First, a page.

confusion of whether they really have a craving for something
or whether they just need water," says Nichols.
Also, drinking water helps us lose weight because it can be substituted
for caloric drinks and can make people feel fuller. Plus, water
helps our metabolism run optimally.
While it may sound contradictory, the more water we drink, the
less we retain. So water can be seen as a way to reduce bloating
and retention, which will make our clothes fit better.
Hydrate after exercise or caffeine
Drinking enough water during the day also helps us exercise more
effectively and keeps us from feeling fatigued afterward. Marvin
Adner, M.D., who has been the medical director of the Boston Marathon
since 1978, recommends determining how much water you lose during
exercise in order to properly hydrate yourself afterward.
Tips to Drink More Water
1. Buy a reusable squeeze bottle for your water.
2. Don't go cold turkey. Start off with half the
regular amount of your beverage of choice and half
water. Then continue to challenge yourself to drink
more and more water.
3. To help with palatability, try adding lemon or
lime juice to your water.
4. Put a little bit of water in the bottom of a plastic
water bottle and keep it in the freezer overnight.
The next morning it will be ice, ready for water to
5. To make drinking water more fun, try placing berries
in your ice trays. Once they're frozen, add them to
6. To hydrate after exercise, drink one part juice
or sports drink to three parts water.
Before and after you exercise, weigh yourself and see how much
weight was lost. "A pound equals a pint [of water]. If you lose
a pound during exercise, then you'll need to compensate with two
glasses of water," he says.
As with exercise, you will also lose water if you're an avid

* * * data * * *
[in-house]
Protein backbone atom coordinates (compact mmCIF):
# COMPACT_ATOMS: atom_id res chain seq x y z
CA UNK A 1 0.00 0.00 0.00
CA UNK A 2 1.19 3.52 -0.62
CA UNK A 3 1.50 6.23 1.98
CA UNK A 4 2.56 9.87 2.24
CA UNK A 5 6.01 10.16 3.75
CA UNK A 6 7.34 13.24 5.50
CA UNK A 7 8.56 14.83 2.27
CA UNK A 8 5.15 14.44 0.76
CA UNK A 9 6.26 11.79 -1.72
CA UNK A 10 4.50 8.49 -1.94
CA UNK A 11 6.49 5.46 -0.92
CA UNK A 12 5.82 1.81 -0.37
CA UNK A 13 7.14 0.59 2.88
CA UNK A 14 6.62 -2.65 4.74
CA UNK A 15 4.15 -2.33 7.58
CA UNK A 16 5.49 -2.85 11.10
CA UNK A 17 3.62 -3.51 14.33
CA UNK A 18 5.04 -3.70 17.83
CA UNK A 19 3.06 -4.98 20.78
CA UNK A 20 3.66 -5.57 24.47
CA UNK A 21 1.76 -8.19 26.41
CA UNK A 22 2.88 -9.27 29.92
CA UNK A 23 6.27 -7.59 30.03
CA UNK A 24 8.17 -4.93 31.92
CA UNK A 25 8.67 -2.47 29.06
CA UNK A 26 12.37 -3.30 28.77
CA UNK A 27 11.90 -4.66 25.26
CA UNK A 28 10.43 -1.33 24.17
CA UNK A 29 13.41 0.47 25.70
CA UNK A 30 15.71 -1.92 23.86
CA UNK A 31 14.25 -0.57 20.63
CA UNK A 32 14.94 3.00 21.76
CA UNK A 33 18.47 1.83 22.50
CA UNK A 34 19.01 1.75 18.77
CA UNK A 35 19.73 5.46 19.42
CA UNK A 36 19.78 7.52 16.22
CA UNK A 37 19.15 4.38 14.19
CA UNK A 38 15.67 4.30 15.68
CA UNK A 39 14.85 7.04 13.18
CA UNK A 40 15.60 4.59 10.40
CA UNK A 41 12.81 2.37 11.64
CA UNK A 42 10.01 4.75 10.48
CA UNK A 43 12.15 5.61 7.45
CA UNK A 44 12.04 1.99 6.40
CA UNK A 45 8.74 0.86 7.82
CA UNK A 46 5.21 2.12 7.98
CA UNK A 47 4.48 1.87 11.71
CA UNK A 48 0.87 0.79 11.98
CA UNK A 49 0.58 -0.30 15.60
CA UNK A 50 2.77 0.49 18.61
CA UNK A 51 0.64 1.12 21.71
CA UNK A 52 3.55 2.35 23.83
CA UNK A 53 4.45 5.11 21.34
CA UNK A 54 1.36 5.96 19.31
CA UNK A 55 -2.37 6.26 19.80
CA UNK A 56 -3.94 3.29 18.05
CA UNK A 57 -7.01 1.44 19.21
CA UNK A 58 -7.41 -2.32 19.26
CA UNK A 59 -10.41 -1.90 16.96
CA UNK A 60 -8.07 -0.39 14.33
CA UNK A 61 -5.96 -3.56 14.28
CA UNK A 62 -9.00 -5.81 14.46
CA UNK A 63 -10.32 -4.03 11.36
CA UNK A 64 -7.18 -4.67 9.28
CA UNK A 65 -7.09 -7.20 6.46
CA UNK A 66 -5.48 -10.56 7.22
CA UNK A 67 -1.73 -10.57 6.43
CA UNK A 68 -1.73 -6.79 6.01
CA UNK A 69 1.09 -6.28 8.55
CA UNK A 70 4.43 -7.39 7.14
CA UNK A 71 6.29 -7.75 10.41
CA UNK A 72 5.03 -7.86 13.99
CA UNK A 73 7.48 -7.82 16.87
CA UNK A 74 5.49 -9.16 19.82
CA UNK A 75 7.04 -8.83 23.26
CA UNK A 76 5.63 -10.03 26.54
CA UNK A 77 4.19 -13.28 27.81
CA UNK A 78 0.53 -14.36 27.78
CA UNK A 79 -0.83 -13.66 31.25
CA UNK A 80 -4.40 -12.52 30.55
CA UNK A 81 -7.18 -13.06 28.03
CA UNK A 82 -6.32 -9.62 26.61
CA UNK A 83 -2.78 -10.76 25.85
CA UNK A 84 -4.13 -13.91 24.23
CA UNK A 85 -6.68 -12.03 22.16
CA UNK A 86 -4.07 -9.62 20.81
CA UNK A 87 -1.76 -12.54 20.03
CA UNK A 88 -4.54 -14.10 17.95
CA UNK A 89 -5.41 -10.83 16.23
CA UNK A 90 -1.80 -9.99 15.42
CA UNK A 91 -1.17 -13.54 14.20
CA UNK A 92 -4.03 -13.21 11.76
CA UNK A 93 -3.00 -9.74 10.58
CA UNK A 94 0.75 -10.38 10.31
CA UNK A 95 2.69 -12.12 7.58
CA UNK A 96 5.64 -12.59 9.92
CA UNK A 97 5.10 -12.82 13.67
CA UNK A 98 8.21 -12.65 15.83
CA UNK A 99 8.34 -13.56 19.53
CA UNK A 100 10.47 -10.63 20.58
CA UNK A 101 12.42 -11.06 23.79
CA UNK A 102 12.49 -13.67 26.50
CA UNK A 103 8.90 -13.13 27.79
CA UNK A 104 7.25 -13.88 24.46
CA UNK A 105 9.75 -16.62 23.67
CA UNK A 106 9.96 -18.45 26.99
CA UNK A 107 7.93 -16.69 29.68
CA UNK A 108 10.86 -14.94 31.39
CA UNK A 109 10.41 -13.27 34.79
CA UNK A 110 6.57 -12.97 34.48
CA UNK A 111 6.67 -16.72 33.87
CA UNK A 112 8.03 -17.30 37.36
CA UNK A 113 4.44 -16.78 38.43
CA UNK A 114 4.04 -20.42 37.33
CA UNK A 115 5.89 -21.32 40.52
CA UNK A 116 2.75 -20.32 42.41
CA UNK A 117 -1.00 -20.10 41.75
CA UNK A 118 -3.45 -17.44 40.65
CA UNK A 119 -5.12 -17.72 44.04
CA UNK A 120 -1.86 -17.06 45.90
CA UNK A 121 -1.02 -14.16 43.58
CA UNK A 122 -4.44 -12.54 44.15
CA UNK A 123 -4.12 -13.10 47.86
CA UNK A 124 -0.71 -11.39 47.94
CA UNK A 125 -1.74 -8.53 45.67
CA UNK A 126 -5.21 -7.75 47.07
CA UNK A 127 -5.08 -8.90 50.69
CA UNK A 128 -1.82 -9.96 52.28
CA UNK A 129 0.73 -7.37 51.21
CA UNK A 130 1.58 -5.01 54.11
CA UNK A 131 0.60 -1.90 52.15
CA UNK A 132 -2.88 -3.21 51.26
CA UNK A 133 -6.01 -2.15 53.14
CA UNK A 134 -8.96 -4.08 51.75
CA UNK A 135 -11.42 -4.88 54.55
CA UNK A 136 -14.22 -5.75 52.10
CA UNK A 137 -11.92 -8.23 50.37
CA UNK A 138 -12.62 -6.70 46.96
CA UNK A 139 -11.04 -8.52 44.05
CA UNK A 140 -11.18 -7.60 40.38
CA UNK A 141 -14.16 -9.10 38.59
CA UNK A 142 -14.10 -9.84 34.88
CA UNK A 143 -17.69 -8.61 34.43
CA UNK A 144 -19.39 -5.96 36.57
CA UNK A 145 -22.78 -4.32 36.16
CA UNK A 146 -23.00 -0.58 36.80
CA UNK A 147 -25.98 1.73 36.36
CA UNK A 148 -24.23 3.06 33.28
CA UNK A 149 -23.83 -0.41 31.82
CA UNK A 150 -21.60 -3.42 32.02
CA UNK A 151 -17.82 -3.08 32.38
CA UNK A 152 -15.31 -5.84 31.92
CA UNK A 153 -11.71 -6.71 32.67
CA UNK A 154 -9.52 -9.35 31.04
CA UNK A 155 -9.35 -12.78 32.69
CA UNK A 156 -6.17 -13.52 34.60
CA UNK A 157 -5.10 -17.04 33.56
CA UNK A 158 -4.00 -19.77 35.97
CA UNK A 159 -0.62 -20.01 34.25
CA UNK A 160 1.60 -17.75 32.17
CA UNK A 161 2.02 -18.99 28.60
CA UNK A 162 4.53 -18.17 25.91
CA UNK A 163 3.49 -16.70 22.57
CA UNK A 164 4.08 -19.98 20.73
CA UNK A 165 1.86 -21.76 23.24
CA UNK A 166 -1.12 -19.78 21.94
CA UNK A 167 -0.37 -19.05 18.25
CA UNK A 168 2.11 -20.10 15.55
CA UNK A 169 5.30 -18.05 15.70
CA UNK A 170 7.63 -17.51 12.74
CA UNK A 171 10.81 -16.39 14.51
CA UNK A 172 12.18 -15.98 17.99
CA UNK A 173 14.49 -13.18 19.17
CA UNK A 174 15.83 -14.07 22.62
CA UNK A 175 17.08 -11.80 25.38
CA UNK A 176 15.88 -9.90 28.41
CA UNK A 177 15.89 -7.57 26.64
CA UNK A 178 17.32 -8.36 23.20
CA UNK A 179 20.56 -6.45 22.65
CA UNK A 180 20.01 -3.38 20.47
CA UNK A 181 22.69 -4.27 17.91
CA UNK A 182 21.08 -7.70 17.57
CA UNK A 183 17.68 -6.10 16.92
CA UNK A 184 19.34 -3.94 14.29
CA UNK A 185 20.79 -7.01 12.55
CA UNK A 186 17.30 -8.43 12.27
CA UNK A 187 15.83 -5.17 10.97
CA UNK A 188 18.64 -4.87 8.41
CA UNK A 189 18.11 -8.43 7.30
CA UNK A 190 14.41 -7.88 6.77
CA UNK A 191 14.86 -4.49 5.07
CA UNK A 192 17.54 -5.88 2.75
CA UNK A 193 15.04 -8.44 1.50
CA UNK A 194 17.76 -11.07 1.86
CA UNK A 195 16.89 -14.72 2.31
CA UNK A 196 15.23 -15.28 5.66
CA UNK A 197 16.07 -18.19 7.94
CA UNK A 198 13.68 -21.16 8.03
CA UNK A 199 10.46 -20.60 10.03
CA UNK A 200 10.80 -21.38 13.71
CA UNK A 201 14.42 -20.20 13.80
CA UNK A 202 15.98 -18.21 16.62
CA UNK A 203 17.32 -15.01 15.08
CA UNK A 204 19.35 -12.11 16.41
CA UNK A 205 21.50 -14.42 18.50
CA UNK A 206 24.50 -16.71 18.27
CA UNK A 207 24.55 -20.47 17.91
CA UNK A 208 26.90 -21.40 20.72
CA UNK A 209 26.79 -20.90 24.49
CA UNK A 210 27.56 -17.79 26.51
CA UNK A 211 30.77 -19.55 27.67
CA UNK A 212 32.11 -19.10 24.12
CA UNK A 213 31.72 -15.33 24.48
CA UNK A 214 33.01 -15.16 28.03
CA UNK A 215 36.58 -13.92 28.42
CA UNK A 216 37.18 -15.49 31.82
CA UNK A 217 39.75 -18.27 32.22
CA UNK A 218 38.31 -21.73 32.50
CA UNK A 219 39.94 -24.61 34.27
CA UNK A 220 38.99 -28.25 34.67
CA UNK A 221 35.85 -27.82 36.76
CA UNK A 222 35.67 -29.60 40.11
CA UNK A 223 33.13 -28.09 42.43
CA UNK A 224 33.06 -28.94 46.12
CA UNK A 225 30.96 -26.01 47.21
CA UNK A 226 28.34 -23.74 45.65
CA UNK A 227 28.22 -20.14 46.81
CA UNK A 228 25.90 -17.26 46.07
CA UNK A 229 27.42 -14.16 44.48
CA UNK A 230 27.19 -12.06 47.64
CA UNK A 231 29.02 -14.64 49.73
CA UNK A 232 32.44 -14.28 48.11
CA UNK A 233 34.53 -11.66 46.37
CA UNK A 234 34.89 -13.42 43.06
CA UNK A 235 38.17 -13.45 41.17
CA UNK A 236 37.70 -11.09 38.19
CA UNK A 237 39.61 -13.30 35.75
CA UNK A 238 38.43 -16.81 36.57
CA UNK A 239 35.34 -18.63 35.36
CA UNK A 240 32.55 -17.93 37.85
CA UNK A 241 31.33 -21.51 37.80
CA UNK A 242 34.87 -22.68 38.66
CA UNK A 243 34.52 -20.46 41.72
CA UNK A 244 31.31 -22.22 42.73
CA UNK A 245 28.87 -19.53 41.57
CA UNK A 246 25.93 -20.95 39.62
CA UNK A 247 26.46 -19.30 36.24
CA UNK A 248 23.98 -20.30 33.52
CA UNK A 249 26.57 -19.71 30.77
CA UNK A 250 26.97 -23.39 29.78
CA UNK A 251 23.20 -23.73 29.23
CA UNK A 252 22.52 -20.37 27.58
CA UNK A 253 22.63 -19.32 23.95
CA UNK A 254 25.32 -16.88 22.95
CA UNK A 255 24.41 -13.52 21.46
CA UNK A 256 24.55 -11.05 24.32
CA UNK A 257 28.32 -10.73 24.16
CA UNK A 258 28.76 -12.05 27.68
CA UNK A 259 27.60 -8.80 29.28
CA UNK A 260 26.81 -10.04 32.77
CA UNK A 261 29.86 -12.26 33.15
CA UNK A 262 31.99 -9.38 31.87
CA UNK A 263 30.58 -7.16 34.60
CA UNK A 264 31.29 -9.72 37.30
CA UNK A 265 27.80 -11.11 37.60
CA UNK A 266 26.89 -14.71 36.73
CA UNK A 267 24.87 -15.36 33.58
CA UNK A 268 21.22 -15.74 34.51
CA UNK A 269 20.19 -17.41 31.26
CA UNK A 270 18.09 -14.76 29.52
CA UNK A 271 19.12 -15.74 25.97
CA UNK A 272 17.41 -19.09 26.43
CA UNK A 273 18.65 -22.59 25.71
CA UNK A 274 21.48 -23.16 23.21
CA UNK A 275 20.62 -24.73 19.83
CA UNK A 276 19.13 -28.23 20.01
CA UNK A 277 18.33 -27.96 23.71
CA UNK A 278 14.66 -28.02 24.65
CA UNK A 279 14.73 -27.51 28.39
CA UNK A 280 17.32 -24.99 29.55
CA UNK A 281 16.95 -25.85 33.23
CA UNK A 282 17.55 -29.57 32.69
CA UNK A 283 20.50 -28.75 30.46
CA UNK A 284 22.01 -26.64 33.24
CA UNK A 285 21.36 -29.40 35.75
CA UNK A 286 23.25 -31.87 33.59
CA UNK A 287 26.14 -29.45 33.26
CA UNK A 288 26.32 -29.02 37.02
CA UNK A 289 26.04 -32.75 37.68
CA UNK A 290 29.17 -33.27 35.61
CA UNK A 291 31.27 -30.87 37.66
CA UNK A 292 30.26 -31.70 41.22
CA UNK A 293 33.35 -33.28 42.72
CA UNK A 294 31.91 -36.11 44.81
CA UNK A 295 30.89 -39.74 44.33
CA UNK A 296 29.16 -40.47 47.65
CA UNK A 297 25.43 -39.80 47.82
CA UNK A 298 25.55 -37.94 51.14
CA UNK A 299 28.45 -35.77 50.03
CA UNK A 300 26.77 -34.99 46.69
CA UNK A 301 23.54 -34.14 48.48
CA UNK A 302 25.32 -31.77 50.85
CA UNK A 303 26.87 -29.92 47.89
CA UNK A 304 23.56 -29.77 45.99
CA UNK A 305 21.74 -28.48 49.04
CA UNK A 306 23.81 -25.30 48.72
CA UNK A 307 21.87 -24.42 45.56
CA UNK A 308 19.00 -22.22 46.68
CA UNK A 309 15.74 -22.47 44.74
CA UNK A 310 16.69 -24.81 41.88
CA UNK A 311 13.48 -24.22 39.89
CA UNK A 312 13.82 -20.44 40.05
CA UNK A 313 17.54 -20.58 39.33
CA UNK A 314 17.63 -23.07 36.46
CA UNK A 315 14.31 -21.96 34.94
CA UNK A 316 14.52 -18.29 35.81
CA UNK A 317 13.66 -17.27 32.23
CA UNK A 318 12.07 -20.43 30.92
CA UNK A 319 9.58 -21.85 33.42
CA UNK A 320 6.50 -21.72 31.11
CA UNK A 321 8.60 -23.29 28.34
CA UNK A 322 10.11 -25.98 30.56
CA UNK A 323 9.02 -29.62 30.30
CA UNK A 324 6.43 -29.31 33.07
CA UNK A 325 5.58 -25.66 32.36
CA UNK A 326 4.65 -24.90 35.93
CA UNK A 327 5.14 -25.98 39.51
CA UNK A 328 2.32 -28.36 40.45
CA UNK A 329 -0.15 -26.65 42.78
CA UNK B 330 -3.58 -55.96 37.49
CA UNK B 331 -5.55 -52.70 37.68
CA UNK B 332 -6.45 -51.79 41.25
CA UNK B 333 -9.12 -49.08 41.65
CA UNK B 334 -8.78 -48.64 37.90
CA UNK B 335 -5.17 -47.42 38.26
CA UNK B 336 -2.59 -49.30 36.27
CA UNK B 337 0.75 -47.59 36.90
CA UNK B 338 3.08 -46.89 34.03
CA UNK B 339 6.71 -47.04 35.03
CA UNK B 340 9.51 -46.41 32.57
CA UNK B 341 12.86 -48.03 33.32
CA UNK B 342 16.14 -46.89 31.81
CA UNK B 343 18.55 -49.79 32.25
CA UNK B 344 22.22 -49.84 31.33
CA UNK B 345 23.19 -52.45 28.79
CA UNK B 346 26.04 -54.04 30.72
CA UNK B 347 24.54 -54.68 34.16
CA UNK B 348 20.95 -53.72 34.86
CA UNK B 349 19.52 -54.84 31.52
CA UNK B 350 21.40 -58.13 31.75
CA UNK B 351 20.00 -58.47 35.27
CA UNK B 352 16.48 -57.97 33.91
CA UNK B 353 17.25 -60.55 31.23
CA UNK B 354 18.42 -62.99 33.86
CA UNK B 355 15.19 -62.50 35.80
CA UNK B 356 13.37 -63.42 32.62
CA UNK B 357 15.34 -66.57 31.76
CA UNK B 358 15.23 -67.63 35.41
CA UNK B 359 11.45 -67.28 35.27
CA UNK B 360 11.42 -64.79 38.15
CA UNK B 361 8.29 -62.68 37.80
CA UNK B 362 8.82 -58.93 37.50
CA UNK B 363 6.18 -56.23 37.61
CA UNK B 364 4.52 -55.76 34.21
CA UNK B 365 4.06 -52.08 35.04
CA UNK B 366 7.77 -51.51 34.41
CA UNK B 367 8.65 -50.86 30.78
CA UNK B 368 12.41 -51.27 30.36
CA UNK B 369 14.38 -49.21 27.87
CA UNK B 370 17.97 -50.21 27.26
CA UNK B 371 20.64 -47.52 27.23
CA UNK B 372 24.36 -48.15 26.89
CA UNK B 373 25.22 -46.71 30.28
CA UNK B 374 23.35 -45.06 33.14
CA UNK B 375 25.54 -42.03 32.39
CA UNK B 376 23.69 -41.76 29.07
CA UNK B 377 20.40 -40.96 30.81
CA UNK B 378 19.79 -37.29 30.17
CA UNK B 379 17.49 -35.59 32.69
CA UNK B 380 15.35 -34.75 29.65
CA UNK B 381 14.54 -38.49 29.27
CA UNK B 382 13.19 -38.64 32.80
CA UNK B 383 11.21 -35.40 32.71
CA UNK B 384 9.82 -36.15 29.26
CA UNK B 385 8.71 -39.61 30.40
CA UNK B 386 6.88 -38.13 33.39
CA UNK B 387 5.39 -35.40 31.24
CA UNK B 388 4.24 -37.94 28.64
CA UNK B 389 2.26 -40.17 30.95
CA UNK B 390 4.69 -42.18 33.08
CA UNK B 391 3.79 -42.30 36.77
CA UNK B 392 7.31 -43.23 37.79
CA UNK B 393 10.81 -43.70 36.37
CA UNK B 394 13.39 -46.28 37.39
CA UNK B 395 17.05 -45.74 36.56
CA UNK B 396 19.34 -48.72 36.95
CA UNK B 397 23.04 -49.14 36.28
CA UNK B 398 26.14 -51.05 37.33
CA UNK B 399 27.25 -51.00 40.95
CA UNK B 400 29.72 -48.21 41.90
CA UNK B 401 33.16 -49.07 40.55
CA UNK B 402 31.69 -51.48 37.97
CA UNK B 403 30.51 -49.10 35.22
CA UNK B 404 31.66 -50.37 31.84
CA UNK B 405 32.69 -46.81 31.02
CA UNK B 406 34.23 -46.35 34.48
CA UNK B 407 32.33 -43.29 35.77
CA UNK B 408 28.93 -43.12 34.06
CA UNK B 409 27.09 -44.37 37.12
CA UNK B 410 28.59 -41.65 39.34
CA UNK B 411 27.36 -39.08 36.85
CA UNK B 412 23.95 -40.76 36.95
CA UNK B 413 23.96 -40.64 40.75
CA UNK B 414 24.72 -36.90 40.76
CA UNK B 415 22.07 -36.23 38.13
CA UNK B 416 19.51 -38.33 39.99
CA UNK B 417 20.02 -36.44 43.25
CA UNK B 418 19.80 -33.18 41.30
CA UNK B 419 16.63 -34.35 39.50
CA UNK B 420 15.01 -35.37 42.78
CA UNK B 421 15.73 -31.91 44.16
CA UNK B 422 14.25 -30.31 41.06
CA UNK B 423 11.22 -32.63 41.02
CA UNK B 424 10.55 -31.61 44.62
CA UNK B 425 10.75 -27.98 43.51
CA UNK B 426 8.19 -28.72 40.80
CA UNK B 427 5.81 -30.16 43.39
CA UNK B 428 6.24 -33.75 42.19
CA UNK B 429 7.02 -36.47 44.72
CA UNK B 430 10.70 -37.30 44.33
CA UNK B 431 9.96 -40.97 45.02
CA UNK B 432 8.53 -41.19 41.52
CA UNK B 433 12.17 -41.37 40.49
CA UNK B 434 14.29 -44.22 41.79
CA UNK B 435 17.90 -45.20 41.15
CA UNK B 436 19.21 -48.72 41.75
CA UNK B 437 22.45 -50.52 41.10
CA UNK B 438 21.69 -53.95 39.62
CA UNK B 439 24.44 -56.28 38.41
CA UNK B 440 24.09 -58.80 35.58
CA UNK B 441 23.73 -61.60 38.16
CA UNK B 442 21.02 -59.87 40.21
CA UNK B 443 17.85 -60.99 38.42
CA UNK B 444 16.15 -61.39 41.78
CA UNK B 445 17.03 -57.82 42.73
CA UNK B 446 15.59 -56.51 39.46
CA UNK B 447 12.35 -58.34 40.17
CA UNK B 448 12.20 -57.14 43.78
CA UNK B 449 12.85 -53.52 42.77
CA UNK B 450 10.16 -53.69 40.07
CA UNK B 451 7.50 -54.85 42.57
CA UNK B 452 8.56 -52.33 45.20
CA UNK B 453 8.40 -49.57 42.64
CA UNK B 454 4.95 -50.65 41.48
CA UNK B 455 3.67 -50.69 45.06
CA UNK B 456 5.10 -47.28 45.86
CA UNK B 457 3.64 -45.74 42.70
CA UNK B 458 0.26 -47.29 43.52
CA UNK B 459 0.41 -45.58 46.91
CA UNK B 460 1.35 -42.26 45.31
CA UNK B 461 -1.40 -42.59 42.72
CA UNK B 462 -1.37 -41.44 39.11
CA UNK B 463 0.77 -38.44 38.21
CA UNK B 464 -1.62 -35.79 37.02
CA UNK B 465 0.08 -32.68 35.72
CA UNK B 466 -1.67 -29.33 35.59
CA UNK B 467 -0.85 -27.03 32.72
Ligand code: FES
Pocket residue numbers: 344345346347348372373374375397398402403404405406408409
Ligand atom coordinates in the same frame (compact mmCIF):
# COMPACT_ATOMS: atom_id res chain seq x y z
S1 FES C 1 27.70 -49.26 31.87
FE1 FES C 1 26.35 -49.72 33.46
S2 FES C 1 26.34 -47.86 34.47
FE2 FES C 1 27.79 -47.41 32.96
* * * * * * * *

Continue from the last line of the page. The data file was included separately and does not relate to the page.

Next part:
coffee drinker. You will have to supplement every cup of coffee
with water because caffeine is a diuretic, says Nichols. So if
your requirement is 75 ounces of water a day, and you drink 12
ounces of coffee, you would need to drink 87 ounces of water that
And likewise with soda. Sodas are fine to drink once in a while,
but if they're caffeinated, you'll have to drink extra water.
Plus, soda has no nutritional value so you take in "empty calories"
when you drink it, says Nichols.
As for juices, many of them are a great source of vitamin C.
But after 4 ounces of juice, Nichols points out, you generally
don't need any more. "Drinking more than that, you might as well
be drinking regularly sweetened soda," she explains.
And because of the sugar in both juice and soda, neither should
be used as a hydrator after exercise because they won't be absorbed
as quickly. Instead Nichols suggests drinking only water, or one
part juice and three parts water.
Make it a habit
"Just like the earth is mostly water, so is our body. We have
to drink enough of it in order to be fit and make our body last
a long time," says Nichols.
So remember to keep a water bottle by your side and drink up!
You'll soon see the changes in your health.